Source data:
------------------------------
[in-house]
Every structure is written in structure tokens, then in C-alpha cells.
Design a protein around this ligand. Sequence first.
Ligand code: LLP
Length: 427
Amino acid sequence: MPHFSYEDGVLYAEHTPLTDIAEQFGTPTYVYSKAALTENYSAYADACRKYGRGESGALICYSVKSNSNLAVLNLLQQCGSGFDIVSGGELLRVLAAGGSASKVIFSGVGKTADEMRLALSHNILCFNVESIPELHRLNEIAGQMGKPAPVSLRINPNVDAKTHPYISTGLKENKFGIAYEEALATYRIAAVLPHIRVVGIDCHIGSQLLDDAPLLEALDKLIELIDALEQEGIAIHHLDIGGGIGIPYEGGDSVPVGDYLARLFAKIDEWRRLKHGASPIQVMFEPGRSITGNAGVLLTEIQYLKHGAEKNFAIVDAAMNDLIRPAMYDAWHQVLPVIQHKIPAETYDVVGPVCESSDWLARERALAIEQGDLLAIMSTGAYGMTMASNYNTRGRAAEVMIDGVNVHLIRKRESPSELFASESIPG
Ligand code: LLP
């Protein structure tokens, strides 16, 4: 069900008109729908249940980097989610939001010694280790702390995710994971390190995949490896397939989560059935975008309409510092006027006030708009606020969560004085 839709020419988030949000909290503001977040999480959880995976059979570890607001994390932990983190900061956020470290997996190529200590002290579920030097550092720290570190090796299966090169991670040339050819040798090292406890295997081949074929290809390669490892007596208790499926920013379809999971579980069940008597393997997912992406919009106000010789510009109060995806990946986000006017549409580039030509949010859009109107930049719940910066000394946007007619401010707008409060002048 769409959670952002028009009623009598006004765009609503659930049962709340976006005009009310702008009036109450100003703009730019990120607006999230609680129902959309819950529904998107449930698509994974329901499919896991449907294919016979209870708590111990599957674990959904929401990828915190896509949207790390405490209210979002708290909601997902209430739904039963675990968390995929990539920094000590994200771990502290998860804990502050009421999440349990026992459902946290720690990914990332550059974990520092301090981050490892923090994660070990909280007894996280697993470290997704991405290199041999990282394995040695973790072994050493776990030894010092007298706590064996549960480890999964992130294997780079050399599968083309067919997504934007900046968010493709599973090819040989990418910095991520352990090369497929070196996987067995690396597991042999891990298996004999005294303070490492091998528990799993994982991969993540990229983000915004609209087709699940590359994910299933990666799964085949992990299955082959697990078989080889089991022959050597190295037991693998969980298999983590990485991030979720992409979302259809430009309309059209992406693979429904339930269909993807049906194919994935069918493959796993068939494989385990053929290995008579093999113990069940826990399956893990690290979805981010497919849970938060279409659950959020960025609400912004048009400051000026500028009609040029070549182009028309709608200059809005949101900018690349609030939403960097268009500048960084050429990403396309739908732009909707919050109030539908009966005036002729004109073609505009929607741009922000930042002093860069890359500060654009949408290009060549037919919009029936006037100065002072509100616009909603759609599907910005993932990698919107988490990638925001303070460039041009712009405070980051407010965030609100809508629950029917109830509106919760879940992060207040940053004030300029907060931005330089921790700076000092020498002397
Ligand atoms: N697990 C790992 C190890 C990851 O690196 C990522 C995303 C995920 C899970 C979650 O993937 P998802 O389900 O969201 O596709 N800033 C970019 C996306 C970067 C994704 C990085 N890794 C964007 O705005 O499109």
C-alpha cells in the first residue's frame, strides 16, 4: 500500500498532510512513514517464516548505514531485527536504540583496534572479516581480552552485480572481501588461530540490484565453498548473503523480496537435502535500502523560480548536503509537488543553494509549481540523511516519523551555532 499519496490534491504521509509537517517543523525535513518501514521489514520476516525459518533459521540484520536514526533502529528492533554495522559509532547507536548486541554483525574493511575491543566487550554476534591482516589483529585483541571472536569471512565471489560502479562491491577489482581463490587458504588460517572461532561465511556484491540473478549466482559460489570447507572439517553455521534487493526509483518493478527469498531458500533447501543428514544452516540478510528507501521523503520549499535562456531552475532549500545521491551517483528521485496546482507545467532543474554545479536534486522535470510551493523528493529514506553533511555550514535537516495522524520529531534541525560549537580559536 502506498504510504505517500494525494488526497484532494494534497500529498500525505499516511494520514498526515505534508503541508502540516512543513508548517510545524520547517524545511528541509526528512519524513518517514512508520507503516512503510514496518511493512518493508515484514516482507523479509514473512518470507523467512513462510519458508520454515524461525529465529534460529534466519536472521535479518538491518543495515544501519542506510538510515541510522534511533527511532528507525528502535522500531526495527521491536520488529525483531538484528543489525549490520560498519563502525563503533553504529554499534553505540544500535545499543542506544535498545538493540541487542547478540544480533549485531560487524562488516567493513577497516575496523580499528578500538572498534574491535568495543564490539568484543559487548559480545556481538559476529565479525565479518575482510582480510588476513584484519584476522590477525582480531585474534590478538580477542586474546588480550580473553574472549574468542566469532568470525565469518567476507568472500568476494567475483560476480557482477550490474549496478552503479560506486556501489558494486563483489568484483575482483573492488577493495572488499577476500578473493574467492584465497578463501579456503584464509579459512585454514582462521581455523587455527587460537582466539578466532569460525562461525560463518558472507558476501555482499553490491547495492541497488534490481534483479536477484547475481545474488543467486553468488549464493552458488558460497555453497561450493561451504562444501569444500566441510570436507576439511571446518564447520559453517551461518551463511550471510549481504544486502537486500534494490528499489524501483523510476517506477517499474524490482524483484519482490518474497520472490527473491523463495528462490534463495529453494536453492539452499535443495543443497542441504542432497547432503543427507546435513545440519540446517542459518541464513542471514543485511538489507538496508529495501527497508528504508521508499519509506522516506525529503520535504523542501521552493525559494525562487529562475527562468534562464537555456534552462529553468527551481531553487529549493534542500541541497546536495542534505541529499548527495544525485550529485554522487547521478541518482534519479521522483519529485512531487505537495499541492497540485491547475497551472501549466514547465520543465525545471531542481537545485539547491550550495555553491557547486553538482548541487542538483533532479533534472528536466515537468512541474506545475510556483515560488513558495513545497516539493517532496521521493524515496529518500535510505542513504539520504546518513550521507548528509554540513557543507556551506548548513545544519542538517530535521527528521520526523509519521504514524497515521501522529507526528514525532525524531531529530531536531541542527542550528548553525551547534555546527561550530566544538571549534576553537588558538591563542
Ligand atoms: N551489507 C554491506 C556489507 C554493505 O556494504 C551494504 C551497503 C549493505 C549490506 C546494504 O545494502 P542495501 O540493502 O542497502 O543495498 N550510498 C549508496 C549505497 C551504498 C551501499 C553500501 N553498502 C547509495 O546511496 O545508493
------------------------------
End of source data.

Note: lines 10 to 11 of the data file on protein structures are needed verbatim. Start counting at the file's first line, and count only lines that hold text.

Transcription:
C-alpha cells in the first residue's frame, strides 16, 4: 500500500498532510512513514517464516548505514531485527536504540583496534572479516581480552552485480572481501588461530540490484565453498548473503523480496537435502535500502523560480548536503509537488543553494509549481540523511516519523551555532 499519496490534491504521509509537517517543523525535513518501514521489514520476516525459518533459521540484520536514526533502529528492533554495522559509532547507536548486541554483525574493511575491543566487550554476534591482516589483529585483541571472536569471512565471489560502479562491491577489482581463490587458504588460517572461532561465511556484491540473478549466482559460489570447507572439517553455521534487493526509483518493478527469498531458500533447501543428514544452516540478510528507501521523503520549499535562456531552475532549500545521491551517483528521485496546482507545467532543474554545479536534486522535470510551493523528493529514506553533511555550514535537516495522524520529531534541525560549537580559536 502506498504510504505517500494525494488526497484532494494534497500529498500525505499516511494520514498526515505534508503541508502540516512543513508548517510545524520547517524545511528541509526528512519524513518517514512508520507503516512503510514496518511493512518493508515484514516482507523479509514473512518470507523467512513462510519458508520454515524461525529465529534460529534466519536472521535479518538491518543495515544501519542506510538510515541510522534511533527511532528507525528502535522500531526495527521491536520488529525483531538484528543489525549490520560498519563502525563503533553504529554499534553505540544500535545499543542506544535498545538493540541487542547478540544480533549485531560487524562488516567493513577497516575496523580499528578500538572498534574491535568495543564490539568484543559487548559480545556481538559476529565479525565479518575482510582480510588476513584484519584476522590477525582480531585474534590478538580477542586474546588480550580473553574472549574468542566469532568470525565469518567476507568472500568476494567475483560476480557482477550490474549496478552503479560506486556501489558494486563483489568484483575482483573492488577493495572488499577476500578473493574467492584465497578463501579456503584464509579459512585454514582462521581455523587455527587460537582466539578466532569460525562461525560463518558472507558476501555482499553490491547495492541497488534490481534483479536477484547475481545474488543467486553468488549464493552458488558460497555453497561450493561451504562444501569444500566441510570436507576439511571446518564447520559453517551461518551463511550471510549481504544486502537486500534494490528499489524501483523510476517506477517499474524490482524483484519482490518474497520472490527473491523463495528462490534463495529453494536453492539452499535443495543443497542441504542432497547432503543427507546435513545440519540446517542459518541464513542471514543485511538489507538496508529495501527497508528504508521508499519509506522516506525529503520535504523542501521552493525559494525562487529562475527562468534562464537555456534552462529553468527551481531553487529549493534542500541541497546536495542534505541529499548527495544525485550529485554522487547521478541518482534519479521522483519529485512531487505537495499541492497540485491547475497551472501549466514547465520543465525545471531542481537545485539547491550550495555553491557547486553538482548541487542538483533532479533534472528536466515537468512541474506545475510556483515560488513558495513545497516539493517532496521521493524515496529518500535510505542513504539520504546518513550521507548528509554540513557543507556551506548548513545544519542538517530535521527528521520526523509519521504514524497515521501522529507526528514525532525524531531529530531536531541542527542550528548553525551547534555546527561550530566544538571549534576553537588558538591563542
Ligand atoms: N551489507 C554491506 C556489507 C554493505 O556494504 C551494504 C551497503 C549493505 C549490506 C546494504 O545494502 P542495501 O540493502 O542497502 O543495498 N550510498 C549508496 C549505497 C551504498 C551501499 C553500501 N553498502 C547509495 O546511496 O545508493